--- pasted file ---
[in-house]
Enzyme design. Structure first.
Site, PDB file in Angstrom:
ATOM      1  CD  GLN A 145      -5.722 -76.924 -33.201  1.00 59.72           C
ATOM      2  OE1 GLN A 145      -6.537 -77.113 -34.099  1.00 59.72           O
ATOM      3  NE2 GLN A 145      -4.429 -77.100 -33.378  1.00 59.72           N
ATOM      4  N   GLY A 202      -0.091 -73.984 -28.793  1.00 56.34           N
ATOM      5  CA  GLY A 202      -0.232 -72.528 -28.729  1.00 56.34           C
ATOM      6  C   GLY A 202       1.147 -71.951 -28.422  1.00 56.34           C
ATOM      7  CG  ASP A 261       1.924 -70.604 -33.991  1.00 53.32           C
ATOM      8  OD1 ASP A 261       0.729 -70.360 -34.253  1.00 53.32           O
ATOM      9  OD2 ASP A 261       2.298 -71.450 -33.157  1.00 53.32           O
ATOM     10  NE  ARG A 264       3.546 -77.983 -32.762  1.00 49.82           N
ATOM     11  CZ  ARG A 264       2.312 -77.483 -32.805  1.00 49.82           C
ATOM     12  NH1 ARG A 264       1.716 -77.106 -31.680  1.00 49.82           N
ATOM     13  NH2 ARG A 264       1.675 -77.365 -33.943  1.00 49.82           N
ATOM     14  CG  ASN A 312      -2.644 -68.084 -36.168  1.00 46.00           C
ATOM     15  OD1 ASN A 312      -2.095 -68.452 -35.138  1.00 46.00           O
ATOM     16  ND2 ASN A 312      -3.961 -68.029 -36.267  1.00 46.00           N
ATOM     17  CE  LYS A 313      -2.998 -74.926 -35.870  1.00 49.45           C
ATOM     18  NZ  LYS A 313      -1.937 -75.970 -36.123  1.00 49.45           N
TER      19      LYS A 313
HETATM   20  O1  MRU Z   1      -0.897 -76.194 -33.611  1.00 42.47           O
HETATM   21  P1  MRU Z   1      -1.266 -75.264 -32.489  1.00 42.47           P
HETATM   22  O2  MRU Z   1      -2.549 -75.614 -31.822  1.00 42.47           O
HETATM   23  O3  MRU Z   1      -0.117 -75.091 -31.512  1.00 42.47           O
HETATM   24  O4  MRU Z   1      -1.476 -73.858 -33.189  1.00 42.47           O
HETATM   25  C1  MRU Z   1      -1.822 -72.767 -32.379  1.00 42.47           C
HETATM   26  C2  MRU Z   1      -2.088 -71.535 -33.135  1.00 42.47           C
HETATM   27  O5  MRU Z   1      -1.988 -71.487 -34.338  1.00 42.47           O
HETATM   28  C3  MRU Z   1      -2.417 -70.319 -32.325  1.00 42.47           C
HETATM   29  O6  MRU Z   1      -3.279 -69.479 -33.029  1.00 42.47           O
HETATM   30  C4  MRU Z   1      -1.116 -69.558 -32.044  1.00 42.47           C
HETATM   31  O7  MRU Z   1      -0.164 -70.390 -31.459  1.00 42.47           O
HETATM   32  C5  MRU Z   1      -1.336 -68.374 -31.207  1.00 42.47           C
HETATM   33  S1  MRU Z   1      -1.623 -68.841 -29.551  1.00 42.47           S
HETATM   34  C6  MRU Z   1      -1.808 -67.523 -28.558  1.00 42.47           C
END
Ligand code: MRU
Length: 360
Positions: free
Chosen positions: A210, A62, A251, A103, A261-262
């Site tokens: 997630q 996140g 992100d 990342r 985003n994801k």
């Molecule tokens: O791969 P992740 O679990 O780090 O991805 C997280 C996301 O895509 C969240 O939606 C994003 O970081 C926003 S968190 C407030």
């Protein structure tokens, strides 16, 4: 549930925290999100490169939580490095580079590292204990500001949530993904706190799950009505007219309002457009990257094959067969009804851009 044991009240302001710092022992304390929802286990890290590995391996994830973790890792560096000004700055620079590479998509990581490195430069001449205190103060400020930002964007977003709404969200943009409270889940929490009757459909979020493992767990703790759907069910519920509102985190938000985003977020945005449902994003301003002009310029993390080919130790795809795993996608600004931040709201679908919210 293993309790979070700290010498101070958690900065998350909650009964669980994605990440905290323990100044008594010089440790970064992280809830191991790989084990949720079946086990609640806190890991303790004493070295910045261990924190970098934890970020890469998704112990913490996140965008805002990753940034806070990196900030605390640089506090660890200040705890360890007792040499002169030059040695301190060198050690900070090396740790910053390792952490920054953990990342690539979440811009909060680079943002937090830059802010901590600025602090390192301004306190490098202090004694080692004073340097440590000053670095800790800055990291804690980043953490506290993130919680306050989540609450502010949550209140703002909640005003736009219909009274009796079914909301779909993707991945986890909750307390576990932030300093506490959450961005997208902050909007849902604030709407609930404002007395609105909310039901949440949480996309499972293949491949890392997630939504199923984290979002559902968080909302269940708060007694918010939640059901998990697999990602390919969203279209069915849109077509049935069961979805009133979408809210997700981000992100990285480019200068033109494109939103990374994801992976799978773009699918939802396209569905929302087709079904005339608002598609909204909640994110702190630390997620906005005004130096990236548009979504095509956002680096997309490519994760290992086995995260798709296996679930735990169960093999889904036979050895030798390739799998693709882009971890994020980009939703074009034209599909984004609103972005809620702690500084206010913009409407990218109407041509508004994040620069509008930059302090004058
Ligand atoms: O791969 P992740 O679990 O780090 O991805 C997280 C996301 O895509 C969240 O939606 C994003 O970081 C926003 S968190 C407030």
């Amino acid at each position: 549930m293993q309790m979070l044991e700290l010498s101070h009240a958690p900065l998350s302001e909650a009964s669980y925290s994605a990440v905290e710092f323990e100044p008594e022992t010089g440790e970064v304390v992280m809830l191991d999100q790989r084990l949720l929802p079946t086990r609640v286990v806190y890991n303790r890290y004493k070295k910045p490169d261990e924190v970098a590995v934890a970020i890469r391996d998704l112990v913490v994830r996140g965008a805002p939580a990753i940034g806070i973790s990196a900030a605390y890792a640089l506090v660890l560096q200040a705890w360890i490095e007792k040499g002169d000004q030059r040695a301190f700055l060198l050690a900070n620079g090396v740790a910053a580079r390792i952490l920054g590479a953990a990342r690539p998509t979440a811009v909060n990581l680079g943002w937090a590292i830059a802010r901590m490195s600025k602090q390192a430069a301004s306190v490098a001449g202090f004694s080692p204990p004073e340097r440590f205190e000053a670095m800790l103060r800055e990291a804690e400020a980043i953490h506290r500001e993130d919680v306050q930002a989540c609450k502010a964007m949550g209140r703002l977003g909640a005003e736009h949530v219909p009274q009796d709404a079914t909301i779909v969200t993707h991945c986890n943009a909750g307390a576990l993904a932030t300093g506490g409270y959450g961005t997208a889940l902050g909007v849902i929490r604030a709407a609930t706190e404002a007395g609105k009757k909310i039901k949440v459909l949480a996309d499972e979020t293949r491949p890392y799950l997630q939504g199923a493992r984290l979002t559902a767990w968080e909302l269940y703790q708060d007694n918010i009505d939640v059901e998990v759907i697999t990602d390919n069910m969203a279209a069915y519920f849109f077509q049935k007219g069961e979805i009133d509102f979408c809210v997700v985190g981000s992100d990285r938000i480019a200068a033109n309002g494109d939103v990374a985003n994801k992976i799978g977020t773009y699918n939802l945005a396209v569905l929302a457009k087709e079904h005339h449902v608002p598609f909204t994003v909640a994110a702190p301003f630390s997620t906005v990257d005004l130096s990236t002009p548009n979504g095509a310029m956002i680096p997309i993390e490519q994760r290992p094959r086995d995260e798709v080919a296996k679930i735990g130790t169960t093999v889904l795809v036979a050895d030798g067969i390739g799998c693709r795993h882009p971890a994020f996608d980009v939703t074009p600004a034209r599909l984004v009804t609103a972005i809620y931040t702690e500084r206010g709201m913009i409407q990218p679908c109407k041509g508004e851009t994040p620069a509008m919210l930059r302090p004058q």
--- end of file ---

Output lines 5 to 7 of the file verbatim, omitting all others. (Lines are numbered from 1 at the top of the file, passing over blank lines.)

ATOM      2  OE1 GLN A 145      -6.537 -77.113 -34.099  1.00 59.72           O
ATOM      3  NE2 GLN A 145      -4.429 -77.100 -33.378  1.00 59.72           N
ATOM      4  N   GLY A 202      -0.091 -73.984 -28.793  1.00 56.34           N